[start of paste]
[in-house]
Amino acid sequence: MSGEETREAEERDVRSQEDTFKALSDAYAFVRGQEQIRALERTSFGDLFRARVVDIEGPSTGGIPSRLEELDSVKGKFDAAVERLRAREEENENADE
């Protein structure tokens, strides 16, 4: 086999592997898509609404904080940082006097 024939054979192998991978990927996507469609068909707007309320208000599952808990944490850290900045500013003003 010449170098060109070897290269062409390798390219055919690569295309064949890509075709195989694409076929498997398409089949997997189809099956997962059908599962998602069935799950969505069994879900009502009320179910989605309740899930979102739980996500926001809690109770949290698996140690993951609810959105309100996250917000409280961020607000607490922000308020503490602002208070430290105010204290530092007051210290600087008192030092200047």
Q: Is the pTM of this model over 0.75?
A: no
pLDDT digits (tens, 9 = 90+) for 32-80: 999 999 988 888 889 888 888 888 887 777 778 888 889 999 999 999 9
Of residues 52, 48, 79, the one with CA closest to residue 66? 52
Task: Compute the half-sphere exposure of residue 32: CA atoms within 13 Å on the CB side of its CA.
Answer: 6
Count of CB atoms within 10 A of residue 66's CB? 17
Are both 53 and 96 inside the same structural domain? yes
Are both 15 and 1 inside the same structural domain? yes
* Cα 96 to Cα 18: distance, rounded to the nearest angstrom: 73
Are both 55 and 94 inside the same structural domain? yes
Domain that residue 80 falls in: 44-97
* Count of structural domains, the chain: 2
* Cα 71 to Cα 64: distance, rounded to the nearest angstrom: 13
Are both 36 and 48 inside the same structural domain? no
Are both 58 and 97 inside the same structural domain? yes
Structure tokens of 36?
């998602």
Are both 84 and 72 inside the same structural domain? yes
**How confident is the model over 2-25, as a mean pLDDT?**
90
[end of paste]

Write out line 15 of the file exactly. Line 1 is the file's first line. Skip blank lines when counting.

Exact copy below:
Domain that residue 80 falls in: 44-97